A record budget deficit of $109.5 billion for the current fiscal year, nearly triple the target set by Congress last summer, was forecast by congressional budget experts yesterday as some House Democratic leaders made a preemptive strike against new cuts planned by President Reagan.

In another warmup for battles that will begin in earnest when Reagan submits his fiscal 1983 budget Monday, the House Appropriations Committee approved nearly $10 billion in supplemental appropriations for this year. Included are $2.3 billion in unemployment aid that the administration wanted and $123 million in low-income fuel assistance that it opposed.

The deficit prediction was based on Congressional Budget Office figures included by the House Budget Committee staff in the initial draft of a final budget resolution for fiscal 1982. The committee delayed action on the resolution until it receives deficit projections from Reagan, who said last week that his deficit forecast would not top $100 billion.

The budget committee staff attributed the huge spurt in the deficit projection to "unrealistic economic and other assumptions" that Congress wrote into its budget targets last summer at the administration's behest.

Instead of growing as the targets anticipated, the staff noted, the economy sank into recession, adding to government costs. High interest rates also added to costs, while the recession and declining inflation resulted in a sharp reduction in revenues.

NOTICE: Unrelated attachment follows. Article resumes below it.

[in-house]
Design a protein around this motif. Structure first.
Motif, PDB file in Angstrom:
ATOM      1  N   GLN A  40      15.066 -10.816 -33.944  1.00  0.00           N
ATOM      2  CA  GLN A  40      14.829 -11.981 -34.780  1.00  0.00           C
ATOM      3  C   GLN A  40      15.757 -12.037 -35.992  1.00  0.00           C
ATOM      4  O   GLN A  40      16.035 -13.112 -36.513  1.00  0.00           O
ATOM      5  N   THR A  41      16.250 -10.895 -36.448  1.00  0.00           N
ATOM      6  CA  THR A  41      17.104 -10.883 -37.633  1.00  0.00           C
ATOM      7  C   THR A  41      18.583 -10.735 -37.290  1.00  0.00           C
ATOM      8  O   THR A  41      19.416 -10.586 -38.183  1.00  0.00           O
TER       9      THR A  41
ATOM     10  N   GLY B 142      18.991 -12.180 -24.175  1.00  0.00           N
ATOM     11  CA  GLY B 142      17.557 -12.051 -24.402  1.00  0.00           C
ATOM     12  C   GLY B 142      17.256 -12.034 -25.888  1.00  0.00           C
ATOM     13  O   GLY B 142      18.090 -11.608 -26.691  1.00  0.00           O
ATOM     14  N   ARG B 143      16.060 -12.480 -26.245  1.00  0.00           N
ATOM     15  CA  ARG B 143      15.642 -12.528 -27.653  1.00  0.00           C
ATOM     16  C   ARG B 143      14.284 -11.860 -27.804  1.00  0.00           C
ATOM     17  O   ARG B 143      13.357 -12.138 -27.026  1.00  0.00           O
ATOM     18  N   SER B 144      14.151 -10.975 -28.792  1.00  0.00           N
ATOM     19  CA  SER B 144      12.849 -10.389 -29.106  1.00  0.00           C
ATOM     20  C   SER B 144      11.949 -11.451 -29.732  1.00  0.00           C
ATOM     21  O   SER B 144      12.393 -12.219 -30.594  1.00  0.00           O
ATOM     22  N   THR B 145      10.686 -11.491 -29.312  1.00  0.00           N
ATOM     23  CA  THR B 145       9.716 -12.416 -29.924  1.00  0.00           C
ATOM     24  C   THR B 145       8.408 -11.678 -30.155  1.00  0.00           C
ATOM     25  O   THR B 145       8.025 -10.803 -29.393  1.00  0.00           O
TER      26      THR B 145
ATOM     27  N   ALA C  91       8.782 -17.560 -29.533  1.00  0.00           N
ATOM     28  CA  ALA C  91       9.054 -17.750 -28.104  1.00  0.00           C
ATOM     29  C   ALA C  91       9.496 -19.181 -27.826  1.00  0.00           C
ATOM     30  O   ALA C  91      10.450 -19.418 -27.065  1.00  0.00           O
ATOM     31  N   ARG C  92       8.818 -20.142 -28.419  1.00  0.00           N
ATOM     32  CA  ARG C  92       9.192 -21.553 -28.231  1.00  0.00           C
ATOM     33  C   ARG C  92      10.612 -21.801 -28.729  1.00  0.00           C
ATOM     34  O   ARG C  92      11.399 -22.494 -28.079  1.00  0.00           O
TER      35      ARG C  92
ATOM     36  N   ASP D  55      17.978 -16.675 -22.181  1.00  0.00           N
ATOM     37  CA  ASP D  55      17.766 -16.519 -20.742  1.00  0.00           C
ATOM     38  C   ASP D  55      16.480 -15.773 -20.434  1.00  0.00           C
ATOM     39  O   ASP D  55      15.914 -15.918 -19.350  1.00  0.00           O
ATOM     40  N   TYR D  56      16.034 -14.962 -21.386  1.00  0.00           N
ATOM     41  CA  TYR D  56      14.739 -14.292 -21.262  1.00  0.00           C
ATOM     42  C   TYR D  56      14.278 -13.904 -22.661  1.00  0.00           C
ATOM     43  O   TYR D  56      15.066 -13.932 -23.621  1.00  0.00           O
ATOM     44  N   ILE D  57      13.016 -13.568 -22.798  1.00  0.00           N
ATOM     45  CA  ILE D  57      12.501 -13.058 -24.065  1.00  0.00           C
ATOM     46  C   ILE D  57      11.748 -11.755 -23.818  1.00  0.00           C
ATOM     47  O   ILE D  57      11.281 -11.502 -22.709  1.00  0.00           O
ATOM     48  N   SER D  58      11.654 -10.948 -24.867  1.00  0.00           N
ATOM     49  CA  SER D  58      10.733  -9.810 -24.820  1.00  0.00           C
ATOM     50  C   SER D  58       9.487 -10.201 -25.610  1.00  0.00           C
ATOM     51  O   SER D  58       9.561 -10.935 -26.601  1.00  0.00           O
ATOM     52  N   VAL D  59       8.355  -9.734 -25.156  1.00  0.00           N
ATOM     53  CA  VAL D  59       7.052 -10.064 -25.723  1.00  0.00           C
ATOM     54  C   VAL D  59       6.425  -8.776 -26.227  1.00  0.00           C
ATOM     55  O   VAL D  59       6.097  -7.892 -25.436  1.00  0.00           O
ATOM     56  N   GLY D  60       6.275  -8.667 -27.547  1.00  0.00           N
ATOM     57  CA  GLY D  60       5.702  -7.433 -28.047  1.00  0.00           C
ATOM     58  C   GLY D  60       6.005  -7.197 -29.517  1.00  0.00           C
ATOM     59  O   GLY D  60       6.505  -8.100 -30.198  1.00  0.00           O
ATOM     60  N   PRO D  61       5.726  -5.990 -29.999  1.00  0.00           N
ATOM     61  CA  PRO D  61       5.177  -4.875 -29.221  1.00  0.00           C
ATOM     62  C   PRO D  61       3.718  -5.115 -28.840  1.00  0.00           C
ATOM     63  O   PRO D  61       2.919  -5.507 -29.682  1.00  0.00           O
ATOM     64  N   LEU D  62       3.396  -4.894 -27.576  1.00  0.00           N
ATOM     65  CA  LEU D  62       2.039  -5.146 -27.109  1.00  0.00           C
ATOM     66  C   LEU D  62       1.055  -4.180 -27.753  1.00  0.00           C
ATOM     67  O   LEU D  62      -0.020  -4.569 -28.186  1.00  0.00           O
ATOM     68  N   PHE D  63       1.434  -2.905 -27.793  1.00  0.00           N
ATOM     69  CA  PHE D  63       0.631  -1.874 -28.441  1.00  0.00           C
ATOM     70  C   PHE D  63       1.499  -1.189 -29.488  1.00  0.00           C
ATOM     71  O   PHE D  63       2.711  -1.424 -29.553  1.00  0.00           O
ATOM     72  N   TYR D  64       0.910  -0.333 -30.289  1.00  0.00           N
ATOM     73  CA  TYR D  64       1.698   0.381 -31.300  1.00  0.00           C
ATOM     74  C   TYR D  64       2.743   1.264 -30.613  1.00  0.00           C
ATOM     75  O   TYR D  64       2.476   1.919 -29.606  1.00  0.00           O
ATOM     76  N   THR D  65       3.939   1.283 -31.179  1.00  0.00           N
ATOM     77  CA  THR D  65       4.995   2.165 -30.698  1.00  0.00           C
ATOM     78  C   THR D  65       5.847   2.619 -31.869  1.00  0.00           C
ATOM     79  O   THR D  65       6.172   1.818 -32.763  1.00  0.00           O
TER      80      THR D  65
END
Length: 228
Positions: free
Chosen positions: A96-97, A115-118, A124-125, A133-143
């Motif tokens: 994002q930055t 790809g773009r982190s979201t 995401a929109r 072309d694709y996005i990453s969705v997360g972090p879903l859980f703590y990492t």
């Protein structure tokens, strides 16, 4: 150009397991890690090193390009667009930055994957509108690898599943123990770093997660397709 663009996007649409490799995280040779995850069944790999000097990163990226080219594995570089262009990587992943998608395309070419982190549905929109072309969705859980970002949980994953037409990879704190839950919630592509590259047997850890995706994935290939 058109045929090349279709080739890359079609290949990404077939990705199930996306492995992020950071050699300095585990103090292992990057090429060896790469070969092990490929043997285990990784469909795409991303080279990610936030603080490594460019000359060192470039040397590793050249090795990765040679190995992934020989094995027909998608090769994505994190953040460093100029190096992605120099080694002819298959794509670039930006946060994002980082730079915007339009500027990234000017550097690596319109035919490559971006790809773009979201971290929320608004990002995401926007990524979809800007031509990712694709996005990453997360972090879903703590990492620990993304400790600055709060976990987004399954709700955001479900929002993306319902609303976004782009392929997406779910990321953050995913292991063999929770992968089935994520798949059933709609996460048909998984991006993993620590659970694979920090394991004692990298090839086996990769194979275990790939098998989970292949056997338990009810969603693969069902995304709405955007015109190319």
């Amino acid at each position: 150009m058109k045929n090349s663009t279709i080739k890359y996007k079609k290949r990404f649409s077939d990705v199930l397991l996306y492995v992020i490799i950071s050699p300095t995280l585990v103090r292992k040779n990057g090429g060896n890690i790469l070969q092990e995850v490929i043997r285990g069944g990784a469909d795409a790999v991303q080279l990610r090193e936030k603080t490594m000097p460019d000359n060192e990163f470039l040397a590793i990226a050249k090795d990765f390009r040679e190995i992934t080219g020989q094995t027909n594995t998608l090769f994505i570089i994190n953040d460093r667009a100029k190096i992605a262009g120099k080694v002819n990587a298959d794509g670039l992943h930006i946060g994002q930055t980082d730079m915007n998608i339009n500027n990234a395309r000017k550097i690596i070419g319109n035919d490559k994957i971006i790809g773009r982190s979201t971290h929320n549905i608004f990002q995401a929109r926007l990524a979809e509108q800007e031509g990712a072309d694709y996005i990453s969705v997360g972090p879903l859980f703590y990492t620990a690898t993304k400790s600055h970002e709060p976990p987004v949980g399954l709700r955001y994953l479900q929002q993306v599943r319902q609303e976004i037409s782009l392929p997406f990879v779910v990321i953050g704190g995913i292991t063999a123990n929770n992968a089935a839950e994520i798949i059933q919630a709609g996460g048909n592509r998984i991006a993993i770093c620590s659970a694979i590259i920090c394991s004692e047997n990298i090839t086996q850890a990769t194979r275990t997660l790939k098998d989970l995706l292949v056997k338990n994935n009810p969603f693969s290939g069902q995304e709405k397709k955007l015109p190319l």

The first resolution fell short of its revenue target by $26.6 billion and exceeded its outlay target by $45.2 billion, a deficit miscalculation of $71.8 billion, the staff said.

Congress is supposed to pass another version of the final 1982 budget resolution, which sets binding ceilings for spending, because its pre-Christmas vacation version was simply a carbon copy of its first resolution, with no adjustments for economic changes. Because of huge deficits Congress would have to sanction in passing another resolution, a vote for adoption is uncertain.

The attack on Reagan's 1983 budget came from the chairman and subcommittee chairmen of the House Commerce Committee, who charged the administration with "Draconian" spending cutback plans that would have "serious consequences for millions of individual Americans."

That committee oversees activities ranging from health to transportation and energy, and was more successful than most committees in withstanding Reagan budget cuts last year.

Claiming their information came from administration budget documents, the committee leaders said Reagan will seek a $5 billion reduction in health services, deep slashes in funds to control hazardous wastes, a massive shift from civilian energy needs to military nuclear programs and confinement of the Amtrak passenger rail system to the Northeast corridor.

Among specific cutbacks cited by committee chairman John D. Dingell (D-Mich.) were $2.2 billion in Medicaid payments to the states, a reduction of nearly one-fourth in funding for maternal and child health, a continuation of cuts for child immunization services, cutbacks in regulatory activities aimed at investment fraud and further reductions in energy assistance for the poor and elderly.

The supplemental appropriations bills included $5 billion for farm price supports, $2.4 billion for grants to build sewage treatment plans, $1.9 billion in loans to states whose reserves for unemployment benefits are running out, $343 million for employment services including money to fill jobs vacated by last year's budget cuts and $123 million for low-income fuel assistance.